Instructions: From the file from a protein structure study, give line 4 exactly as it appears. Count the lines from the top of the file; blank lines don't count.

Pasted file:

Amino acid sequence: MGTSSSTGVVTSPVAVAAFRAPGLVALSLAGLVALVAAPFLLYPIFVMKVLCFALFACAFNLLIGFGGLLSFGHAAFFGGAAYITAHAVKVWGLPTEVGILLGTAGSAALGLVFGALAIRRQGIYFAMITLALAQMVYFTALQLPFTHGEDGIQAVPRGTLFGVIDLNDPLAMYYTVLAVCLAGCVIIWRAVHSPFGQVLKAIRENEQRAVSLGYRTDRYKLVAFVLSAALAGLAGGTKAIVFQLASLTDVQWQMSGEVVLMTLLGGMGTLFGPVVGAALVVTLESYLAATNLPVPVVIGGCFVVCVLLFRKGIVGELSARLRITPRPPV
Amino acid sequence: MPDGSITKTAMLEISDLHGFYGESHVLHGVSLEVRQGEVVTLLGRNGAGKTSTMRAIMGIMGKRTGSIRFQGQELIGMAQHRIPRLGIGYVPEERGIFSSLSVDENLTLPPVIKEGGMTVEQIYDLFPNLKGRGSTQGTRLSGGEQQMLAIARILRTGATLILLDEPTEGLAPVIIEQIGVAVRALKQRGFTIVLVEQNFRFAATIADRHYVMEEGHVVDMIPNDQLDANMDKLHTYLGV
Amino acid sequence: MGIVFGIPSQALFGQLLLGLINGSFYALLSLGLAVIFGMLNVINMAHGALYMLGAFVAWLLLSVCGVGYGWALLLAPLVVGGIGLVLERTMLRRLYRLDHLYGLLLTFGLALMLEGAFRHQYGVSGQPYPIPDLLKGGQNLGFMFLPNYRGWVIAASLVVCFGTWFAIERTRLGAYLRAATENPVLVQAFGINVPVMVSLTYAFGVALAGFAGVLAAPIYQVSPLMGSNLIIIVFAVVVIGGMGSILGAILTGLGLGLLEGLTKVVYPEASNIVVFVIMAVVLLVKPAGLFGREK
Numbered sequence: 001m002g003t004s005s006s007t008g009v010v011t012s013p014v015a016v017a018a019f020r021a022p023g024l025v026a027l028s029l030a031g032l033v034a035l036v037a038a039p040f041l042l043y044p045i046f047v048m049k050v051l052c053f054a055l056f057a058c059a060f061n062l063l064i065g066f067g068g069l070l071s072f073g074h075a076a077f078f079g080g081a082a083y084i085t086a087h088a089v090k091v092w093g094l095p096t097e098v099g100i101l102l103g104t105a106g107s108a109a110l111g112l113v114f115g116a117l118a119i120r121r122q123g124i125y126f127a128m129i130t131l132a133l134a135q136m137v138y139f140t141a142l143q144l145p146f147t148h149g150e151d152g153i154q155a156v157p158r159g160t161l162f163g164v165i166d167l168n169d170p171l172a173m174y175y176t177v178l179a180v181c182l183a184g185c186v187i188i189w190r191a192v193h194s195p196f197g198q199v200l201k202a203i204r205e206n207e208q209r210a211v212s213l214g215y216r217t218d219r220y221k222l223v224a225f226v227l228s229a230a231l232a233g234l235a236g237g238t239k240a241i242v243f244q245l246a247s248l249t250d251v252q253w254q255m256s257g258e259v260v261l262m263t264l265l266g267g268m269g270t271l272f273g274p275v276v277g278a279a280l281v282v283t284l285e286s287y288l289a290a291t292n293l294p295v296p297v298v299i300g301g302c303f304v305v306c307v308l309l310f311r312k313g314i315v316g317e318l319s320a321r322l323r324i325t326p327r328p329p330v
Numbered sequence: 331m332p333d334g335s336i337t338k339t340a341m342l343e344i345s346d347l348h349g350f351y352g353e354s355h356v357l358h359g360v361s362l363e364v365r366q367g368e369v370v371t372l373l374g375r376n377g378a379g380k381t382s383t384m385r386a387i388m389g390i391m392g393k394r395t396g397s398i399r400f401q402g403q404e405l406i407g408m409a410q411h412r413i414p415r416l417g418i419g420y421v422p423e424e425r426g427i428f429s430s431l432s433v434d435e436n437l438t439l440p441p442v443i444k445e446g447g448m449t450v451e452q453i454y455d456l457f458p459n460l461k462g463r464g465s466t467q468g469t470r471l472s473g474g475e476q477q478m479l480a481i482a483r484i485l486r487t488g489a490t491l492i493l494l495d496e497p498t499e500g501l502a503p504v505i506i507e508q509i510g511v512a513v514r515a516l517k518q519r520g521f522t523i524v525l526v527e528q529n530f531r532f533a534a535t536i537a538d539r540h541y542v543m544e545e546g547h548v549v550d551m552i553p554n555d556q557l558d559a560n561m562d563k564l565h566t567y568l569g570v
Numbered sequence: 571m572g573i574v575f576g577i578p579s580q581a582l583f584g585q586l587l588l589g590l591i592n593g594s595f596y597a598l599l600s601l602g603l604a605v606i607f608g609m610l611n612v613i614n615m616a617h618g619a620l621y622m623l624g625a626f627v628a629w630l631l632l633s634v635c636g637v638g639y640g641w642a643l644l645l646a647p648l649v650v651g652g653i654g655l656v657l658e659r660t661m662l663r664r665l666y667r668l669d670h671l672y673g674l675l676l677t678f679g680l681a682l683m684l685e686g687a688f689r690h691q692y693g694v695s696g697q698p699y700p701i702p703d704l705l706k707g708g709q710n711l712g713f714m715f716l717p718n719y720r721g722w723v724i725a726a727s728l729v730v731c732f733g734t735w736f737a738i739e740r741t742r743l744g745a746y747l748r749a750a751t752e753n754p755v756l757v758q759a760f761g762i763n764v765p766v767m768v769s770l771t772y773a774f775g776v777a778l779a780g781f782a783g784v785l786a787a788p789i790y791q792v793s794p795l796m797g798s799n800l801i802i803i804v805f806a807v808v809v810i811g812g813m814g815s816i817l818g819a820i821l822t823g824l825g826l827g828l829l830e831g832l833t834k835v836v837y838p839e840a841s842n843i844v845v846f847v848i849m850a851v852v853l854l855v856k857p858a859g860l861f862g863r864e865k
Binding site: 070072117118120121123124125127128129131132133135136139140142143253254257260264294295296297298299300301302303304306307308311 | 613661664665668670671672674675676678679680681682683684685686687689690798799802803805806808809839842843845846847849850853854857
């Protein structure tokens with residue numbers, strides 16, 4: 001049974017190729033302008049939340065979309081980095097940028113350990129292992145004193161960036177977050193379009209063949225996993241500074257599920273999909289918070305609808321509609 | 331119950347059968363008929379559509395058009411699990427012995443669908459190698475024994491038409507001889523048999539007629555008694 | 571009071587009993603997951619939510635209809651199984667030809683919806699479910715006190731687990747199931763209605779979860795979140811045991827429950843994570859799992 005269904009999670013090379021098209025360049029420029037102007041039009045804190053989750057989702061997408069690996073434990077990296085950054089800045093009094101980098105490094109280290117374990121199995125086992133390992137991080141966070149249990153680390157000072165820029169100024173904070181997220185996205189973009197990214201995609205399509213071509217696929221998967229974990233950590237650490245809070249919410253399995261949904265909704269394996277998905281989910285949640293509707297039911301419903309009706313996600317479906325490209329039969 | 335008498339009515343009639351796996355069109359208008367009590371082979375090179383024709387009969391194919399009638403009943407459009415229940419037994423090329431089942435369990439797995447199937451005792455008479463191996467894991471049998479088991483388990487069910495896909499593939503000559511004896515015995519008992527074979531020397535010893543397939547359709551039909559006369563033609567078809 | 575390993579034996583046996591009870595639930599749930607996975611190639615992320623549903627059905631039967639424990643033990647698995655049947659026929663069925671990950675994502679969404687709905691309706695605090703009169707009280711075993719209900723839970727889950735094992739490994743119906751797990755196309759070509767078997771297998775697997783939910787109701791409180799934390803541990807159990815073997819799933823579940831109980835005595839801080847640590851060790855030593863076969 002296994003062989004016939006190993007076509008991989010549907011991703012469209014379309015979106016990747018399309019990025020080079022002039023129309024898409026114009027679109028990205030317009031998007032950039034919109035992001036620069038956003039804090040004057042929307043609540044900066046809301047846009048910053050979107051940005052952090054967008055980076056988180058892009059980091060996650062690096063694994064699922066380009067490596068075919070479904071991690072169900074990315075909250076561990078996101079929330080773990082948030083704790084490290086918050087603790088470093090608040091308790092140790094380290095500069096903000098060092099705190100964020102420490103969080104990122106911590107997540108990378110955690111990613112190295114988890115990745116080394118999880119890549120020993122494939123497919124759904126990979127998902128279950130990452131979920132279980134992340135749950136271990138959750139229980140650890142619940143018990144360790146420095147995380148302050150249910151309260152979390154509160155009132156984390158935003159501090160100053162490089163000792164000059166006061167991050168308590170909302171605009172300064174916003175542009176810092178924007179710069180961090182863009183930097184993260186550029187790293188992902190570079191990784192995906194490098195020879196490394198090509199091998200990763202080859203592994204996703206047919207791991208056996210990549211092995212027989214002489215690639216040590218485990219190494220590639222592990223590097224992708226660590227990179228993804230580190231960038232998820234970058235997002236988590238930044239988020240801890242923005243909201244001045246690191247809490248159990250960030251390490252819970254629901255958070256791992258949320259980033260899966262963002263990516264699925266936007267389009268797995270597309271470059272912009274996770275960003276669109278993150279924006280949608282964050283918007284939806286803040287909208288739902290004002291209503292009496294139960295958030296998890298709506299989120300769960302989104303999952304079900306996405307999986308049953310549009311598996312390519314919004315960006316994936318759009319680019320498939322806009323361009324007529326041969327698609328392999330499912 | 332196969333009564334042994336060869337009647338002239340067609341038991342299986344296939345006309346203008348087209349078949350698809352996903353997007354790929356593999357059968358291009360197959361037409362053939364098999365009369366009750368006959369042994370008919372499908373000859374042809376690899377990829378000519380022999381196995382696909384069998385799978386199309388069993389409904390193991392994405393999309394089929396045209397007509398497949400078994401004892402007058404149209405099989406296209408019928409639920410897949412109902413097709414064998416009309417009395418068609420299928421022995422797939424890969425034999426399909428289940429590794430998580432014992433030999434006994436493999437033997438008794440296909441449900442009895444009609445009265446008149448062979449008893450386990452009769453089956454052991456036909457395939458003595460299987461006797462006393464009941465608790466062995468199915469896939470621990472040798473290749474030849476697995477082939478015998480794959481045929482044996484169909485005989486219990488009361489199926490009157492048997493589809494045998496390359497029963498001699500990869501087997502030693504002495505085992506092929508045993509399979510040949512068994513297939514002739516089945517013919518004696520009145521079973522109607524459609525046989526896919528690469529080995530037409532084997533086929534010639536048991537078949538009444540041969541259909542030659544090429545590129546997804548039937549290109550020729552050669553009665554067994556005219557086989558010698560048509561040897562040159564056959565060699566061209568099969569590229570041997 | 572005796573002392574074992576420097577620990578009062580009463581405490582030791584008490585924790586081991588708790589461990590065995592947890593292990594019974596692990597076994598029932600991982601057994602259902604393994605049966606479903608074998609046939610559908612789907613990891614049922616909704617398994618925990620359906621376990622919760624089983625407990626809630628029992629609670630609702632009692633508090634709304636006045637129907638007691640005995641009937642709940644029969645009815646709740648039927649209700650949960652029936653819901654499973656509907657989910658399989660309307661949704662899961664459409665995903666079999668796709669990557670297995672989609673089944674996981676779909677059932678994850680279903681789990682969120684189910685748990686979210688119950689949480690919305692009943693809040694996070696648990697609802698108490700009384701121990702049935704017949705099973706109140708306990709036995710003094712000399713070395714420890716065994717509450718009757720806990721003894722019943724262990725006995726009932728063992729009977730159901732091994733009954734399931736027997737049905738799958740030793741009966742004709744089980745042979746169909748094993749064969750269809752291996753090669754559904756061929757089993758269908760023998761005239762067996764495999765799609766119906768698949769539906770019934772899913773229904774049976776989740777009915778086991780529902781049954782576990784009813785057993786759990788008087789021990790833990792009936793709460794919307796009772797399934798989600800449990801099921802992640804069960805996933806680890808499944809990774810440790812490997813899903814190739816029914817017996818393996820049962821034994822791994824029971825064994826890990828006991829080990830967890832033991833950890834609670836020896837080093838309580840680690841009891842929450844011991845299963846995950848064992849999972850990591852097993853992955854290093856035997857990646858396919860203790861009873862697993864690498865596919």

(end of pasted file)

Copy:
Numbered sequence: 001m002g003t004s005s006s007t008g009v010v011t012s013p014v015a016v017a018a019f020r021a022p023g024l025v026a027l028s029l030a031g032l033v034a035l036v037a038a039p040f041l042l043y044p045i046f047v048m049k050v051l052c053f054a055l056f057a058c059a060f061n062l063l064i065g066f067g068g069l070l071s072f073g074h075a076a077f078f079g080g081a082a083y084i085t086a087h088a089v090k091v092w093g094l095p096t097e098v099g100i101l102l103g104t105a106g107s108a109a110l111g112l113v114f115g116a117l118a119i120r121r122q123g124i125y126f127a128m129i130t131l132a133l134a135q136m137v138y139f140t141a142l143q144l145p146f147t148h149g150e151d152g153i154q155a156v157p158r159g160t161l162f163g164v165i166d167l168n169d170p171l172a173m174y175y176t177v178l179a180v181c182l183a184g185c186v187i188i189w190r191a192v193h194s195p196f197g198q199v200l201k202a203i204r205e206n207e208q209r210a211v212s213l214g215y216r217t218d219r220y221k222l223v224a225f226v227l228s229a230a231l232a233g234l235a236g237g238t239k240a241i242v243f244q245l246a247s248l249t250d251v252q253w254q255m256s257g258e259v260v261l262m263t264l265l266g267g268m269g270t271l272f273g274p275v276v277g278a279a280l281v282v283t284l285e286s287y288l289a290a291t292n293l294p295v296p297v298v299i300g301g302c303f304v305v306c307v308l309l310f311r312k313g314i315v316g317e318l319s320a321r322l323r324i325t326p327r328p329p330v